###### Example 2.3.1 Division in Cartesian form

We convert the following quotient to Cartesian form:

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The division of the complex number \(z\) by \(w \neq 0\text{,}\) denoted \(\frac{z}{w}\text{,}\) is the complex number \(u\) that satisfies the equation \(z = w \cdot u\text{.}\)

For instance, \(\frac{1}{i} = -i\) because \(1 = i \cdot (-i)\text{.}\)

In practice, division of complex numbers is not a guessing game, but can be done by multiplying the top and bottom of the quotient by the conjugate of the bottom expression.

We convert the following quotient to Cartesian form:

\begin{align*}
\frac{2+i}{3+2i} \amp = \frac{2+i}{3+2i}\cdot\frac{3-2i}{3-2i}\\
\amp = \frac{(6+2)+(-4+3)i}{9+4}\\
\amp = \frac{8-i}{13}\\
\amp = \frac{8}{13} - \frac{1}{13}i.
\end{align*}

Suppose we wish to find \(z/w\) where \(z = re^{i\theta}\) and \(w = se^{i\beta} \neq 0\text{.}\) The reader can check that

\begin{equation*}
\frac{1}{w} =
\frac{1}{s}e^{-i\beta}.
\end{equation*}

Then we may apply Theorem 2.2.3 to obtain the following result:

\begin{align*}
\frac{z}{w} \amp = z\cdot\frac{1}{w}\\
\amp = re^{i\theta}\cdot \frac{1}{s}e^{-i\beta}\\
\amp = \frac{r}{s}e^{i(\theta-\beta)}.
\end{align*}

So,

\begin{equation*}
\arg\bigg(\frac{z}{w}\bigg)=\arg(z)-\arg(w)
\end{equation*}

where equality is taken modulo \(2\pi\text{.}\)

Thus, when dividing by complex numbers, we can first convert to polar form if it is convenient. For instance,

\begin{equation*}
\frac{1+i}{-3 + 3i} =\frac{\sqrt{2}e^{i\pi/4}}{\sqrt{18}e^{i3\pi/4}}
= \frac{1}{3}e^{-i\pi/2}
= -\frac{1}{3} i.
\end{equation*}

Given two rays \(L_1\) and \(L_2\) having common initial point, we let \(\angle(L_1,L_2)\) denote the angle between rays \(L_1\) and \(L_2\), measured from \(L_1\) to \(L_2\text{.}\) We may rotate ray \(L_1\) onto ray \(L_2\) in either a counterclockwise direction or a clockwise direction. We adopt the convention that angles measured counterclockwise are positive, and angles measured clockwise are negative, and admit that angles are only well-defined up to multiples of \(2\pi\text{.}\) Notice that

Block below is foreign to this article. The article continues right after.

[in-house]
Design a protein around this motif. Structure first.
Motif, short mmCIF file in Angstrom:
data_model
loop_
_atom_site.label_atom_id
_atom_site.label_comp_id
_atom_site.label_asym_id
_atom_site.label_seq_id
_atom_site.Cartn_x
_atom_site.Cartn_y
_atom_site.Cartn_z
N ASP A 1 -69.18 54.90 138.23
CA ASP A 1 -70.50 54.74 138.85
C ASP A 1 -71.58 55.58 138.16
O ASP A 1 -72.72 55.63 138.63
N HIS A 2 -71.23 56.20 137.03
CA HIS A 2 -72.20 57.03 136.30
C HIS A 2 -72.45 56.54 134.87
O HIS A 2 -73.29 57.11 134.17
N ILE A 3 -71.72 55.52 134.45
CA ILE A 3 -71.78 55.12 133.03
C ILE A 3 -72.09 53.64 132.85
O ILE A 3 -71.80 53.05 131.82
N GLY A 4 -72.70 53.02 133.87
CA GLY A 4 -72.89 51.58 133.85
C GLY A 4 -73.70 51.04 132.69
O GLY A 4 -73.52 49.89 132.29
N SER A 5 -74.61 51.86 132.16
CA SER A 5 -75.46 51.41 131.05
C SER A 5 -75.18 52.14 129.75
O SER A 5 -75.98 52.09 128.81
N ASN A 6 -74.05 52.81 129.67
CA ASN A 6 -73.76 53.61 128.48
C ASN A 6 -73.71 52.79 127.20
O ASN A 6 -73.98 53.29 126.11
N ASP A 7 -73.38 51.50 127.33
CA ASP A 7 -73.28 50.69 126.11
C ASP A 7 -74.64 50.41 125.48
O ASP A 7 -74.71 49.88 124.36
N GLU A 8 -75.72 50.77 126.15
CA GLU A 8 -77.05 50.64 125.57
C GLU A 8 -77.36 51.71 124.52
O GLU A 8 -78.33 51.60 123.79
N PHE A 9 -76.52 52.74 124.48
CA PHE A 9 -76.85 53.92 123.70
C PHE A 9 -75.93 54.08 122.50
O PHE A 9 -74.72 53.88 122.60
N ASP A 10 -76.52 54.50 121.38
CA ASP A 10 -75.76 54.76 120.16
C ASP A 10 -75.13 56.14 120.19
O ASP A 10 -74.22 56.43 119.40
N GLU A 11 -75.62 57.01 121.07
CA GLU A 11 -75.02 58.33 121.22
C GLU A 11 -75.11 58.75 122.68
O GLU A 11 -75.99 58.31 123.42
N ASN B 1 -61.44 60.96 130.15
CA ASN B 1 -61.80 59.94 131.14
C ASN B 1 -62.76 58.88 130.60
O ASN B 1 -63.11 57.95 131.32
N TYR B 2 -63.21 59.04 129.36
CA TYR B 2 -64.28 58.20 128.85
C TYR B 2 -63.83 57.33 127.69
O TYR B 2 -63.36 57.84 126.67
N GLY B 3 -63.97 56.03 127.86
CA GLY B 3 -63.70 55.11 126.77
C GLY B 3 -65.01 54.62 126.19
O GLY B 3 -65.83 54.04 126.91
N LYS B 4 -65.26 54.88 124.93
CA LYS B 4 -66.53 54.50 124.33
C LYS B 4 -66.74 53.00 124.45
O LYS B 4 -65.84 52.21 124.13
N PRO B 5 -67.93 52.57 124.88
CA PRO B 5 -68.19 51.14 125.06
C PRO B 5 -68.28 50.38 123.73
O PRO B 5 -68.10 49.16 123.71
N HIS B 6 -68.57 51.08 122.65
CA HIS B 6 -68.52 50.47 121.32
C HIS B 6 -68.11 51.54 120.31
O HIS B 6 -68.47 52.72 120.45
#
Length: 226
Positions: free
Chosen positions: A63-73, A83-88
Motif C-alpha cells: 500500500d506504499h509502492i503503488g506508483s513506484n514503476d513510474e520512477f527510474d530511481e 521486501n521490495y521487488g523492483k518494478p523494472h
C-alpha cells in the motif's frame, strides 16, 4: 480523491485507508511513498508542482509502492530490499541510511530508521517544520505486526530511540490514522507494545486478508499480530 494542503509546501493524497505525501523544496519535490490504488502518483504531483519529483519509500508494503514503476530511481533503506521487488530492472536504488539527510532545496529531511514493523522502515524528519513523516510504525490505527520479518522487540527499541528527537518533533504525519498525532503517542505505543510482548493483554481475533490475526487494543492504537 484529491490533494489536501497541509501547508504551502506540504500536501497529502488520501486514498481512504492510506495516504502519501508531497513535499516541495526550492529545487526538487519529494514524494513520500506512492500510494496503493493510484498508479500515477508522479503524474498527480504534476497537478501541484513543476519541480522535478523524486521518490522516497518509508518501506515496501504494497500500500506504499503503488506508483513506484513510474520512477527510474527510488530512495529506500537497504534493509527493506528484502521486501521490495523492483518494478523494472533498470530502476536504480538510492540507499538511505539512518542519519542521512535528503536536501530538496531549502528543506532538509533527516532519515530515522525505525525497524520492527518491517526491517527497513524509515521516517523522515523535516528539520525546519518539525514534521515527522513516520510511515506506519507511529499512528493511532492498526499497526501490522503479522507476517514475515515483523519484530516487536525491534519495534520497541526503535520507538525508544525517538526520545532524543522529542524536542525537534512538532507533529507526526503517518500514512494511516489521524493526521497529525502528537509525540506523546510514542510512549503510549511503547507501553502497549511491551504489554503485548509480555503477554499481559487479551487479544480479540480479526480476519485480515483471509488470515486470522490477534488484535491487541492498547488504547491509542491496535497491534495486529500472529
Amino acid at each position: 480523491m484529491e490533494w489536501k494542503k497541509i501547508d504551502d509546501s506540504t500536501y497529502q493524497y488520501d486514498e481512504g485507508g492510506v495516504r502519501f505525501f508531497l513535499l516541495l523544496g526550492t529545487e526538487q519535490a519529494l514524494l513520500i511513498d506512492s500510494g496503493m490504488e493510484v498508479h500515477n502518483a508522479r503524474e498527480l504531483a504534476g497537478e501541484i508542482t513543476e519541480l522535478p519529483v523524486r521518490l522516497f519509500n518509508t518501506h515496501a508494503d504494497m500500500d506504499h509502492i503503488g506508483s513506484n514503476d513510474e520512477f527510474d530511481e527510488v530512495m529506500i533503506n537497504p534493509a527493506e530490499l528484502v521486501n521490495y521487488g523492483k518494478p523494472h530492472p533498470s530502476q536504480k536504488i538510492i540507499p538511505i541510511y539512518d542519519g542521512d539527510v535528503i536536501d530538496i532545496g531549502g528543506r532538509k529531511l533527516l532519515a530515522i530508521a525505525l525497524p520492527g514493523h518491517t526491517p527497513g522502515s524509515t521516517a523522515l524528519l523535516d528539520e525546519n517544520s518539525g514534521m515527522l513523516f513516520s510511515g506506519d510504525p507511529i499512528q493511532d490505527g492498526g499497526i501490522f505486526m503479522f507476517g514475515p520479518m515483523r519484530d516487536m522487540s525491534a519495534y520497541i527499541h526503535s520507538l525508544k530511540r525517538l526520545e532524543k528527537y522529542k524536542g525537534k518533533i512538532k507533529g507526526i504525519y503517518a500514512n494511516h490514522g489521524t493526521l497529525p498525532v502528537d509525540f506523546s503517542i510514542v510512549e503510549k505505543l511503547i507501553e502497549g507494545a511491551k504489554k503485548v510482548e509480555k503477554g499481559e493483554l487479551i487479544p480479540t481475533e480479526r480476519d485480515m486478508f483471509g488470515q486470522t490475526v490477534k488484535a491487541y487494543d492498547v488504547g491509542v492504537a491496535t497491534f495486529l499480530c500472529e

\begin{equation*}
\angle(L_1,L_2) = - \angle(L_2,L_1).
\end{equation*}

To compute \(\angle(L_1,L_2)\) where \(z_0\) is the common initial point of the rays, let \(z_1\) be any point on \(L_1\text{,}\) and \(z_2\) any point on \(L_2\text{.}\) Then

\begin{align*}
\angle(L_1,L_2) \amp = \arg\bigg(\frac{z_2-z_0}{z_1-z_0}\bigg) \notag\\
\amp = \arg(z_2-z_0)-\arg(z_1-z_0).
\end{align*}

Suppose \(L_1\) and \(L_2\) are rays emanating from \(2+2i\text{.}\) Ray \(L_1\) proceeds along the line \(y=x\) and \(L_2\) proceeds along \(y = 3-x/2\) as pictured.

To compute the angle \(\theta\) in the diagram, we choose \(z_1 = 3+3i\) and \(z_2 = 4+i\text{.}\) Then

\begin{equation*}
\angle(L_1,L_2) = \arg(2-i)-\arg(1+i) = -\tan^{-1}(1/2) -
\pi/4 \approx -71.6^\circ.
\end{equation*}

That is, the angle from \(L_1\) to \(L_2\) is 71.6\(^\circ\) in the clockwise direction.

If \(u,v,\) and \(w\) are three complex numbers, let \(\angle uvw\) denote the angle \(\theta\) from ray \(\overrightarrow{vu}\) to \(\overrightarrow{vw}\text{.}\) In particular,

\begin{equation*}
\angle uvw = \theta = \arg\bigg(\frac{w-v}{u-v}\bigg).
\end{equation*}

For instance, if \(u = 1\) on the positive real axis, \(v= 0\) is the origin in \(\mathbb{C}\text{,}\) and \(z\) is any point in \(\mathbb{C}\text{,}\) then \(\angle uvz = \arg(z)\text{.}\)

Express \(\frac{1}{x+yi}\) in the form \(a + bi\text{.}\)

Express these fractions in Cartesian form or polar form, whichever seems more convenient.

\begin{equation*}
\frac{1}{2i},~~ \frac{1}{1+i},~~ \frac{4+i}{1-2i},~~ \frac{2}{3+i}.
\end{equation*}

Prove that \(\displaystyle|z/w| = |z|/|w|\text{,}\) and that \(\displaystyle\overline{z/w} = \overline{z}/\overline{w}.\)

Suppose \(z = re^{i\theta}\) and \(w = se^{i\alpha}\) are as shown below. Let \(u = z\cdot w\text{.}\) Prove that \(\Delta 01z\) and \(\Delta 0wu\) are similar triangles.

Determine the angle \(\angle uvw\) where \(u = 2 + i\text{,}\) \(v = 1 + 2i\text{,}\) and \(w = -1 + i\text{.}\)

Suppose \(z\) is a point with positive imaginary component on the unit circle shown below, \(a = 1\) and \(b = -1\text{.}\) Use the angle formula to prove that angle \(\angle b z a = \pi/2.\)